AMD Athlon X2 7850 Black Edition CPUManufacturer: AMD
UK Price (as reviewed): £61.82 (inc. VAT)
US Price (as reviewed): $74.00 (ex. Tax)
AMD is not only launching extreme super fast and expensive processors right now, it also dropped us its brand new Kuma dual core: the Athlon X2 7850 Black Edition. It's 100MHz faster than the Athlon X2 7750 Black Edition
we reviewed and overclocked late last year! So, we've got a minor speed bump, but has anything else changed?
If you're unfamiliar with the world of AMD - then you might want to pay attention because these inexpensive K10-based 65nm dual cores are unlocked to enable easier overclocking, and in some respects they are quite competitive to the budget overclockers' favourite: the Intel Pentium Dual Core E5200.
At £62 the 7850 Black Edition is £10 more than the Intel E5200, but does a small clock increase do much to change the outcome? Or is it different inside?
Checking CPU-Z we see that it uses the same B3 core that the original, TLB fixed Phenom X4 9x50s used - and while the software claims reads the core ID string as a different CPU, under the metal heatspreader it's really just the same quad core silicon with two cores disabled in hardware.
The HyperTransport clock is 1.8GHz - faster than the older 1.0GHz K8-based Athlon X2s, but respectively slower than the 2.0GHz that the Phenom II Black Editions are now shipping at. The same goes for the integrated memory controller and L3 cache clock too - stuck at 1.8GHz this is a bit lower than its bigger brothers, but at least the large 2MB L3 cache and faster, native DDR2 1,066MHz memory support helps offset this "slower" memory core compared to the K8 Athlon X2s.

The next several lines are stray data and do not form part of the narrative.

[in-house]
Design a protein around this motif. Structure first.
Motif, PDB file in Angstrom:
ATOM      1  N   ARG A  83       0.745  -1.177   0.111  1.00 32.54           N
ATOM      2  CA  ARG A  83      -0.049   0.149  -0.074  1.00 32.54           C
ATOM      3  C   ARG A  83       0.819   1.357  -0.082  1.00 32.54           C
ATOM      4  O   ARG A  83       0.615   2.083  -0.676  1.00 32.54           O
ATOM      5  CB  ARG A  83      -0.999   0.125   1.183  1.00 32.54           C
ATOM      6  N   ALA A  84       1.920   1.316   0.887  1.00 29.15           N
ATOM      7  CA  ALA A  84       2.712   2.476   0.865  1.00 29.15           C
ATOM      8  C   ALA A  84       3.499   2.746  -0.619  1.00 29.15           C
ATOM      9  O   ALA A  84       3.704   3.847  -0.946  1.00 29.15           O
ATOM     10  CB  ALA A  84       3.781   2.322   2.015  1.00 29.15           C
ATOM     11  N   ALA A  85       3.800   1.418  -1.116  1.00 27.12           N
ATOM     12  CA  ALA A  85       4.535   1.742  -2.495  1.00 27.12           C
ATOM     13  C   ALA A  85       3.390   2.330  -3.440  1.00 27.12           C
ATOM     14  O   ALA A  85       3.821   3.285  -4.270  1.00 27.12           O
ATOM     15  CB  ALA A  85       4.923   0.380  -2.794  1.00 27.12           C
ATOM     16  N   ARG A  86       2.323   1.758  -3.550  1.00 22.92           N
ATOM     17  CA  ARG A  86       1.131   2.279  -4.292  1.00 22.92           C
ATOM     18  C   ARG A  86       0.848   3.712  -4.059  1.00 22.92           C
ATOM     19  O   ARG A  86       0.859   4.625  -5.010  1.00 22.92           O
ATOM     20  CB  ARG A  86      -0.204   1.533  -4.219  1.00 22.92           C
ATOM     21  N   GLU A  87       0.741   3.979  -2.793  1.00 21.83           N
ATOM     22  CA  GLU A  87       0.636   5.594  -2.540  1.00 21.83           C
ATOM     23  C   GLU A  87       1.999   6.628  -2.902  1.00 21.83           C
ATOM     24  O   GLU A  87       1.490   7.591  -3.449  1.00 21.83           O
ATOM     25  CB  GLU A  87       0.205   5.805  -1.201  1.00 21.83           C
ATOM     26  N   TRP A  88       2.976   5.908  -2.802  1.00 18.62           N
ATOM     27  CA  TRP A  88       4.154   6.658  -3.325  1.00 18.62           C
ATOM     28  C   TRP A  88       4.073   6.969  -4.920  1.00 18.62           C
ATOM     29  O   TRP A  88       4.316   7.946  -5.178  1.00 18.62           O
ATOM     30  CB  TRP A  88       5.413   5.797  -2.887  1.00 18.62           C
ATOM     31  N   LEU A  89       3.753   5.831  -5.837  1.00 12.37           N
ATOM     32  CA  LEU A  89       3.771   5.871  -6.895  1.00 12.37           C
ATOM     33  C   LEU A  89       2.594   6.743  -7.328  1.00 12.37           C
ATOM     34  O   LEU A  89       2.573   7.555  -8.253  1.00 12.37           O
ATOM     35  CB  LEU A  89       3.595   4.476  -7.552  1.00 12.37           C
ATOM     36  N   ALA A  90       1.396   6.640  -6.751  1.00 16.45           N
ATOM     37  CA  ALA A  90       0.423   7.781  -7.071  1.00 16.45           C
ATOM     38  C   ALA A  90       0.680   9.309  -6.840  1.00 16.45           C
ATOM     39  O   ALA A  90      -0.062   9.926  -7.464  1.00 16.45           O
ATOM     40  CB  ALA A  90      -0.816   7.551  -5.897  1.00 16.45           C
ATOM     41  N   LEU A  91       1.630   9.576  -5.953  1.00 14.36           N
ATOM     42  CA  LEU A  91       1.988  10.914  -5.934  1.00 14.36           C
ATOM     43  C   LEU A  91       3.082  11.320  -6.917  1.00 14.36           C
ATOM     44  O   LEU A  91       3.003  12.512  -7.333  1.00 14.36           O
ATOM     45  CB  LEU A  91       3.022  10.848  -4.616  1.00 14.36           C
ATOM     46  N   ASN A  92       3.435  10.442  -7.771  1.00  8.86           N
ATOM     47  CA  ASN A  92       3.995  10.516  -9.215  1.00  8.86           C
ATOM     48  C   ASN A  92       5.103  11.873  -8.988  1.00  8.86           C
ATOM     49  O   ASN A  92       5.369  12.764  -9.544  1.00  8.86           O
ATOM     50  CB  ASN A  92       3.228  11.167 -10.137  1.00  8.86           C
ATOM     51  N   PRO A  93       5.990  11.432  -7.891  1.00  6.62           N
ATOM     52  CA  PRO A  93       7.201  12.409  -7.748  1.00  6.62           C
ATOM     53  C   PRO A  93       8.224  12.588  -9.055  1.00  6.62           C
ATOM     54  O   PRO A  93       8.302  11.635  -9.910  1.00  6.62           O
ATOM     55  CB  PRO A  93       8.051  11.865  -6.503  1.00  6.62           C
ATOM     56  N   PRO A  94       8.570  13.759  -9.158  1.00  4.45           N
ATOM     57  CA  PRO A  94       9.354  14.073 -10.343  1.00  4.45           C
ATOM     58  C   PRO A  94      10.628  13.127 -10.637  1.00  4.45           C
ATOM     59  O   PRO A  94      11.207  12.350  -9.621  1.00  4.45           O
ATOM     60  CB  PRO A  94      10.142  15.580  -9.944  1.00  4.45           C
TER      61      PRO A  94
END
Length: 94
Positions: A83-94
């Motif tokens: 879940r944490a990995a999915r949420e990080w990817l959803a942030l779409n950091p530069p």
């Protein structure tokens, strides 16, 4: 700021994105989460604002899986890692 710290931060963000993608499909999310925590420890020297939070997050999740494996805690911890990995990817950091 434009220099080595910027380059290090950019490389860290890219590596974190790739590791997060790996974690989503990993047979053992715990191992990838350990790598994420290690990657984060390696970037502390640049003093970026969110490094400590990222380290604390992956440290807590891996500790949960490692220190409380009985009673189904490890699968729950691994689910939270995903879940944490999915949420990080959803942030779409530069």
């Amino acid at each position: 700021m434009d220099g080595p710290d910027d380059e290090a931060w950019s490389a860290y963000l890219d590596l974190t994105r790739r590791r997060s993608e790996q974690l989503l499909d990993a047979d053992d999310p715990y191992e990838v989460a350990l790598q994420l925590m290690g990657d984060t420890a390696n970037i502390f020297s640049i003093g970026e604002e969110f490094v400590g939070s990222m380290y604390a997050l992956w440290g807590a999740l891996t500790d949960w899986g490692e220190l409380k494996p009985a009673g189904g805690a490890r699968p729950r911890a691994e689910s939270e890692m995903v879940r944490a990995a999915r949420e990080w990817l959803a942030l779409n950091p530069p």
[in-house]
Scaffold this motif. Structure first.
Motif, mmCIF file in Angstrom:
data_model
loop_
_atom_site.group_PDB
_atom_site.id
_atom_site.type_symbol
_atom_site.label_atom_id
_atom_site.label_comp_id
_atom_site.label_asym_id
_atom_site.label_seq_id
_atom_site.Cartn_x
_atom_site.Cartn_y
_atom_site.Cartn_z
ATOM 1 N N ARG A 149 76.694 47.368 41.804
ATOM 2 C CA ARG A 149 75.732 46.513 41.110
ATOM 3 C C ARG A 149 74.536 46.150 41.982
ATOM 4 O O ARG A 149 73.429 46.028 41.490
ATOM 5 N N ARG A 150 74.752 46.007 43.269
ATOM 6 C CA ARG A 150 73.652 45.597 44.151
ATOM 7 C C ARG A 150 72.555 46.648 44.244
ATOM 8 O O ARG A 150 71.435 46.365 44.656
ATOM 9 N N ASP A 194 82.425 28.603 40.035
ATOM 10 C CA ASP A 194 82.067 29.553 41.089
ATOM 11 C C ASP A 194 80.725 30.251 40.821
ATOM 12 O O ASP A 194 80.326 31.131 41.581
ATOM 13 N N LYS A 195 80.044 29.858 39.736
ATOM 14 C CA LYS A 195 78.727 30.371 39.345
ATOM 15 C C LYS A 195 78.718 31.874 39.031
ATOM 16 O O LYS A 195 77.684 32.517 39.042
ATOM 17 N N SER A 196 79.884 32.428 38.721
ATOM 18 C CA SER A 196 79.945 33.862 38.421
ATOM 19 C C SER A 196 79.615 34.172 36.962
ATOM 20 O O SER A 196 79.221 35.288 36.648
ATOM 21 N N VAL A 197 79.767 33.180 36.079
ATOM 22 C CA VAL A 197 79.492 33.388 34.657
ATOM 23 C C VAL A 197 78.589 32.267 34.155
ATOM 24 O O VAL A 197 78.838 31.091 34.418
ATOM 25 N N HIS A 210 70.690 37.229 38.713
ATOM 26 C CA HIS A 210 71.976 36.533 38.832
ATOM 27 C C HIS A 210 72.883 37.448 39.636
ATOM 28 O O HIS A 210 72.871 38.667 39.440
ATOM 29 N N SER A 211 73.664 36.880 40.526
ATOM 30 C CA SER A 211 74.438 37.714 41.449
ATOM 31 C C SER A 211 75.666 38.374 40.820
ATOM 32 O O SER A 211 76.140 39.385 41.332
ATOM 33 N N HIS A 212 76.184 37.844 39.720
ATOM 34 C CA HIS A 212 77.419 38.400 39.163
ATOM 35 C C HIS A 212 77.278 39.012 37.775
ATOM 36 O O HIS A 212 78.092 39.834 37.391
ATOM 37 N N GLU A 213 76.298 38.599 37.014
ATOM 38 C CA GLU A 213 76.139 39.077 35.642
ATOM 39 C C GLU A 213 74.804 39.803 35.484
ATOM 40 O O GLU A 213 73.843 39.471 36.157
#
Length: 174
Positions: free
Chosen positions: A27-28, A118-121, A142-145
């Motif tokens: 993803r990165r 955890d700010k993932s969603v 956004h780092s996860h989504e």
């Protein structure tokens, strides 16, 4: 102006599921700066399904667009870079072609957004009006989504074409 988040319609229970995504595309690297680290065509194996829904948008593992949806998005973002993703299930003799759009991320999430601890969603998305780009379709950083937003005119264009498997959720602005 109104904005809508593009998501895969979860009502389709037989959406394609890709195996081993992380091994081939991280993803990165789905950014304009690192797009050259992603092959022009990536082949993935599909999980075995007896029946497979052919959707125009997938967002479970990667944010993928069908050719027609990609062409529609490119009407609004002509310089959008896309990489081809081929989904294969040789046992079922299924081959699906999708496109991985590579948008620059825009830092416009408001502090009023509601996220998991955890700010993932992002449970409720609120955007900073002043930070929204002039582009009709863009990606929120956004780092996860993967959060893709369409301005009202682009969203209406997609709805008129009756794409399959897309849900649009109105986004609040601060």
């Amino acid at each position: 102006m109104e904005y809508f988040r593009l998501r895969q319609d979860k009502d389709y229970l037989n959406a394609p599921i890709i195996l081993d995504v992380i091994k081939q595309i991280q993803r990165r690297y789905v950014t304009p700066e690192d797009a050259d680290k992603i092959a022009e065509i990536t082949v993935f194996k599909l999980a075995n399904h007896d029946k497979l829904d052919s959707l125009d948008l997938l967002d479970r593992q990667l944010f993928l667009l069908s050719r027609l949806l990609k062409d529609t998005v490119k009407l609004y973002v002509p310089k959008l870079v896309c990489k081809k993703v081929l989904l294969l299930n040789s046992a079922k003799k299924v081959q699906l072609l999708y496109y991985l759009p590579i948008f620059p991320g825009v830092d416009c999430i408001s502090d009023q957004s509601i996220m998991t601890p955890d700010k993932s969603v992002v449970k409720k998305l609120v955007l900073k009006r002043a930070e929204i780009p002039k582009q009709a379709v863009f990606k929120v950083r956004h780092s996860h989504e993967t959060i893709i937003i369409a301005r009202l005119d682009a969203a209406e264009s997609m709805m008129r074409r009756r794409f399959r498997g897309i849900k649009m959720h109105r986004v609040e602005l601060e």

In addition, just like all the K10 CPUs to date, these have two memory controllers that can either work together in one 128-bit dual channel memory controller, which is better for single threaded scenarios, or work independently as two, single channel 64-bit channels, which is better for multi-threaded and general multi-tasking productivity.
Since this is yet another Black Edition product, we've endeavoured to see how well it overclocks, especially when you consider the somewhat limited experience we had during our previous Athlon X2 7750 Black Edition testing
Unfortunately, the limitations of the AMD 65nm process again made themselves known and despite the fact we edged up to 3.3GHz, the system was not stable until we dropped down to 3.1GHz. Likewise, we found a general resistance to HTT overclocking at all and the integrated memory controller overclock only allowed 2GHz stable, but would boot at 2.2GHz. Too much CPU voltage on the Biostar board would cause the system to endlessly blue-screen and reset itself, so we managed to feather a balance at 1.4125V at only 3.1GHz stable.
Click to enlarge
For the same overclock, the 7850 Black Edition isn't worth it over the 7750BE. The CPUs were not overheating, sitting sub 40ºC under an OCZ Vendetta 2 heatsink, and we tried both sets of memory slots to check if it made a difference. It didn't. Basically, until AMD squeezes out some 45nm dual cores, or you don't care to overclock it, the 65nm Kumas have limited overclocking headroom.